“When the automobile and truck began to appear on the scene, small towns began to feel the effects of them, and Eastonville and Monument were two of the towns that really felt it. When the flood came in 1935, it so completely demoralized the railroad, that soon it was taken up. The Gates Mercantile Co. began to disintegrate and Mr. Ragsdale took over the Eastonville store and continued to run it for several years. Houses were torn down and moved away. A rural mail route was established from Elbert and the post office at Eastonville was discontinued. The stockyards were torn down. In few years, only a few buildings were left of what was once a very prosperous place.”
Today, you can see a few remnants of old Eastonville by traveling straight east on Baptist Road from Monument, as it turns into Hodgen Road, past the burn scar to where it is at an intersection with Eastonville Road, then south, a little less than a mile, then east onto Sweet Road. Remnants of what was once the town are along either side of Sweet, until (and after) your reach Elbert Road. The Presbyterian Church on the south side of Sweet Road survived for many years as the community center, and some of it is still standing, though the last few years have been difficult. Eastonville Cemetery is on the corner of Latigo Boulevard and Meridian Road.

Sunday, August 11, 2013

Heaven at the hop yard?

Rick Squires now tends a quarter acre of heaven on earth, it seems.
This year, his relatively-new business, "The Twisted Bine" might produce as much as 300 pounds of organic hops on that quarter acre, right here in Monument.
And that is where the heaven part comes in — almost all of it, will be used to make local beer.
"With the trend to go local, and the difficulty of getting certified organic hops, that is precisely why I got interested," said Squires last week in the hop yard.
Squires interest, translated into other's interest.
"I already have 180 pounds of it sold," he said of this year's crop, of which, local breweries have spoken for most of that.
Pikes Peak Brewing Company has in the largest order, perhaps simply because its experience last year, and a local concoction produced with wonderful results.
"Yea, it really turned out well," said Chris Wright, founder of Pikes Peak Brewing, of the 'America the Pale' pale ale made with a portion of Squires' crop last year.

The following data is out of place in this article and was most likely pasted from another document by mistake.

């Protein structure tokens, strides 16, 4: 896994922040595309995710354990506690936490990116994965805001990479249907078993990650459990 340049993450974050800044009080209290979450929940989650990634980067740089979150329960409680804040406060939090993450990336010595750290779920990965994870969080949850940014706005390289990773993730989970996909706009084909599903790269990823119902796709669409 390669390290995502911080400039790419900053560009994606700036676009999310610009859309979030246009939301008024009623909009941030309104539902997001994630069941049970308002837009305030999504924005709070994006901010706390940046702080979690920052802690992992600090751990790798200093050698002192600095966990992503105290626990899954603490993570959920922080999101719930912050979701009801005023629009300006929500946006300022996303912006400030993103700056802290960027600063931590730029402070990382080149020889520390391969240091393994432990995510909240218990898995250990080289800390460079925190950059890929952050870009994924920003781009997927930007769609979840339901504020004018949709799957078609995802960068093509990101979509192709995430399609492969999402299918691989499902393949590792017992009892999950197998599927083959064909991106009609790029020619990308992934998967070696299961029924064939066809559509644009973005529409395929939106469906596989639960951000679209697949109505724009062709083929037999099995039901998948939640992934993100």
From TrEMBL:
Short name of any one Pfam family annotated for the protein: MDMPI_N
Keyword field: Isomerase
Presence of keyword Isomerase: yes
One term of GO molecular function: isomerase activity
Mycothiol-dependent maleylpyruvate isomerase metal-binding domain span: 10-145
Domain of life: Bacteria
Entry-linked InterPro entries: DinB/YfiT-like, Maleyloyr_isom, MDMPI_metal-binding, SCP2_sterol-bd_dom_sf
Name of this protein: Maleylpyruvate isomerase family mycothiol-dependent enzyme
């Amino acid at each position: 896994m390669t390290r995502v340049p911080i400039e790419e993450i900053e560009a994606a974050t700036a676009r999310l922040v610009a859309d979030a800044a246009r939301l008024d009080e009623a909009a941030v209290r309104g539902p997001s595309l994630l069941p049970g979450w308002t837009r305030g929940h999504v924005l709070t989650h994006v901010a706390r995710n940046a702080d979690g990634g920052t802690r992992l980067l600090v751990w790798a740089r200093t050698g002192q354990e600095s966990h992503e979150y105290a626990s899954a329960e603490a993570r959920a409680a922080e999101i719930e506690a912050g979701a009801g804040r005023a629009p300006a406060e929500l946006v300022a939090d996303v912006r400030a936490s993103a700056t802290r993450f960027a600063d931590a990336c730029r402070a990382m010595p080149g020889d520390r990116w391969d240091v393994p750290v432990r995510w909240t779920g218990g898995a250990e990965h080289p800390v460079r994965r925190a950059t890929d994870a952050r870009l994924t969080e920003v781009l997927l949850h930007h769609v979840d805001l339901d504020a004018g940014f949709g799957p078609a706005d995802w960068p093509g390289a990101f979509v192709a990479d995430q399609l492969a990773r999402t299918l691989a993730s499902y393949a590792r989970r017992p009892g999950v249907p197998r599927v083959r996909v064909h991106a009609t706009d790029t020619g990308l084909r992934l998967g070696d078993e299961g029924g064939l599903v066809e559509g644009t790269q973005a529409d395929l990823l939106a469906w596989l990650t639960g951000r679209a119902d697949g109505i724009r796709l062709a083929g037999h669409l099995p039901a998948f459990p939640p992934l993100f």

Hops are called 'wet' hops if it finds its way into beer within 24 hours, and 'fresh' hops if it makes that same leap within seven days.
And that is when the hops are most potent, aromatic and flavorful. Many breweries end up using dried hops or frozen hops in their processes, but with the move to everything local, local, local, a market exits for all the certified organic 'wet" Cascade Hops rick Squires can grow.
As an engineer, (he was a former project manager for G.E. Johnson when it built the World Arena) it was also the organic certification that appealed to his sense of record keeping.
Extensive records of organic fertilizer, growing plans, and of all the ground in use, as well as any methods of ridding the plants of pests, water used to irrigate, were just some data required to get the California Certified Organic Farmers (C.C.O.F) designation to apply to his hops efforts. Because he has owned the location where the hop yard was created for more than 28 years, and generally keeps pretty good records, he was able to do so.
"I even had to identify what the alpaca's were eating before creating the alpaca fertilizer I was using," according to Squires.
The whole yard, of course, is designed with sustainability in mind. The eighteen-foot poles that support the paper ropes that the hops climb (during peak growing periods, they can grow as much as a foot per day) is made from recycled fire sprinkler systems (from mostly local buildings) and he even uses a solar pump to bring water from his pond to the bines.
Much of the country's hop crop comes from the Pacific Northwest and particularly Washington and Oregon. The Cascade variety that Squires grows is suited for the 7,000-feet elevation here in Monument. Educating himself for the past few years in the science and art of hop growing, (he also has a honey-producing bee operation on the same property) he said he liked the idea of having a big party to bring in the hop harvest.
When he first planted the rhizomes to the start the hops, he began thinking of a community potluck. Last year, with his first real crop, a blue grass band, good food and friends, it became a reality and great success. So much so, that he needed to print tickets this year, to keep a handle on it.